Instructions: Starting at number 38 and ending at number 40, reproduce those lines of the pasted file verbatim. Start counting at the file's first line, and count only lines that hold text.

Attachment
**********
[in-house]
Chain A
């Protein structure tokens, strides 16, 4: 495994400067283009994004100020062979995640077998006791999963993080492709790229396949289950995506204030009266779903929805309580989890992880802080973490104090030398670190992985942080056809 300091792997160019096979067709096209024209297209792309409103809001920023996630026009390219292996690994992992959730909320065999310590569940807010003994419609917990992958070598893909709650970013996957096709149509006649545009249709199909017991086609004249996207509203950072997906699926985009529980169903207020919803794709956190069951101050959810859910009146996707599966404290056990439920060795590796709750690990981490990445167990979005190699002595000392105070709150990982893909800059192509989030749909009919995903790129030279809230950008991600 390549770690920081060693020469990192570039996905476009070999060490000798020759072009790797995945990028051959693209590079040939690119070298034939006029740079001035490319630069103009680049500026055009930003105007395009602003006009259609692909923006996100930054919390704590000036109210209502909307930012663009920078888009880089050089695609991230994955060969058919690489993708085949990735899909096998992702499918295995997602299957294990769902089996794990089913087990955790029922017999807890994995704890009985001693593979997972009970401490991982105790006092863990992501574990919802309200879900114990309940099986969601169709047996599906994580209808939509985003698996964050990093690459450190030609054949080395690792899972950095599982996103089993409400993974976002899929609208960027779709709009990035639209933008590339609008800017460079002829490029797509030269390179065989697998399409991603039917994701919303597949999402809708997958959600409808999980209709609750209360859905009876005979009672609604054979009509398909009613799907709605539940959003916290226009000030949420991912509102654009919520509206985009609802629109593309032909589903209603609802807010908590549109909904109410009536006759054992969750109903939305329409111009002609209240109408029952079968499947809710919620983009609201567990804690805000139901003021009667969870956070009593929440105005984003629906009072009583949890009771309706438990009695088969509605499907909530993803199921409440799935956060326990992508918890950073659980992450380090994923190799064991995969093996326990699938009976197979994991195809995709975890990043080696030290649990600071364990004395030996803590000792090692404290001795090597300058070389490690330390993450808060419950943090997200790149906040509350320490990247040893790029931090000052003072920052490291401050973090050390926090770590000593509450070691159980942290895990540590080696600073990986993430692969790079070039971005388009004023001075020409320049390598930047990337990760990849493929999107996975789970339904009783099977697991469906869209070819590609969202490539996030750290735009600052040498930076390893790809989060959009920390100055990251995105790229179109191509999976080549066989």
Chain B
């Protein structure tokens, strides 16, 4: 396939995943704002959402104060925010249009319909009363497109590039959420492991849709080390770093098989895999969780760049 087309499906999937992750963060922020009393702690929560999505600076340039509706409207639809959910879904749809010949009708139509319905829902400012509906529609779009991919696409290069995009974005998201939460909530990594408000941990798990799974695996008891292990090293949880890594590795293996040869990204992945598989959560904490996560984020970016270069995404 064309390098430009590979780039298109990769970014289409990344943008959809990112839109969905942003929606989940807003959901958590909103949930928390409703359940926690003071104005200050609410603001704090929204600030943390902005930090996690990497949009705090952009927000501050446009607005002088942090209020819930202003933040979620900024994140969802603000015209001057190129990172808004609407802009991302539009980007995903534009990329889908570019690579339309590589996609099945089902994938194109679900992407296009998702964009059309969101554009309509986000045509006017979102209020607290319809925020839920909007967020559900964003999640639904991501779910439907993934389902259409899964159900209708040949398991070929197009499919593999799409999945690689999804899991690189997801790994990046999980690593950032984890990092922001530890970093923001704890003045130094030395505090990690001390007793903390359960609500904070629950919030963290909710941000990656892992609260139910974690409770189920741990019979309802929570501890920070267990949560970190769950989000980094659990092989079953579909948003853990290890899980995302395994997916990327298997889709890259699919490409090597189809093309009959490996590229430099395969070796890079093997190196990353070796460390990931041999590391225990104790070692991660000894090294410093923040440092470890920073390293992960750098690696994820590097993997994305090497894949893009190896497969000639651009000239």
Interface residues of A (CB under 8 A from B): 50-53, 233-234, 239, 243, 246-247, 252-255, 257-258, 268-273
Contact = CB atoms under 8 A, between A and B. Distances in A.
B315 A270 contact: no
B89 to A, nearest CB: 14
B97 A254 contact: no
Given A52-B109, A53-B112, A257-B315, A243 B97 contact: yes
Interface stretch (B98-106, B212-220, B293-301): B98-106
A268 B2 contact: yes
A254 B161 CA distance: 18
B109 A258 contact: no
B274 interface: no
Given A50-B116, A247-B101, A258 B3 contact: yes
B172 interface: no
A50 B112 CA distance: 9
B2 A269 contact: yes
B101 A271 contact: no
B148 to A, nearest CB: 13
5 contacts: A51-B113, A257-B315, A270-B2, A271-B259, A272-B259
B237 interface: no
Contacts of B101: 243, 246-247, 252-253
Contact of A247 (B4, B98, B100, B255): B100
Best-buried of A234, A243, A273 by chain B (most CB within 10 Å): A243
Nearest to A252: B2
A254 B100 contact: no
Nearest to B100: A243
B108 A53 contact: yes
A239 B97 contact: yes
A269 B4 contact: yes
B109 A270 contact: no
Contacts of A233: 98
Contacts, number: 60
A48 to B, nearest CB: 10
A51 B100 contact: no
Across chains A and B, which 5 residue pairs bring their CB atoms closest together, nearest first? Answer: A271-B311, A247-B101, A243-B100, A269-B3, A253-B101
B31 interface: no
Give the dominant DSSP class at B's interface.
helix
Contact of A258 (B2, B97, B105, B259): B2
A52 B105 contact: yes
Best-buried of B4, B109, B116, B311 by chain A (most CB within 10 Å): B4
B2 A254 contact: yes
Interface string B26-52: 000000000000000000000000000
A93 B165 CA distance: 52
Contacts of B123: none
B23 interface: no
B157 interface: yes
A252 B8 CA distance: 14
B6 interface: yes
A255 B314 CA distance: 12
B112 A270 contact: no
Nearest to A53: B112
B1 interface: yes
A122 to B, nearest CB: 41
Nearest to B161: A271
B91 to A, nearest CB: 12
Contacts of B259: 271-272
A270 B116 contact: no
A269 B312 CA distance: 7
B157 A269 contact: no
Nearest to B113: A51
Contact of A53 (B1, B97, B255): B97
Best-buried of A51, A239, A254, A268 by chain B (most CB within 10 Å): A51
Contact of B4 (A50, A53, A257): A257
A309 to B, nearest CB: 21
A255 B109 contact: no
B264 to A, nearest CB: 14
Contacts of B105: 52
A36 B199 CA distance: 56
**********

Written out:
A51 B100 contact: no
Across chains A and B, which 5 residue pairs bring their CB atoms closest together, nearest first? Answer: A271-B311, A247-B101, A243-B100, A269-B3, A253-B101
B31 interface: no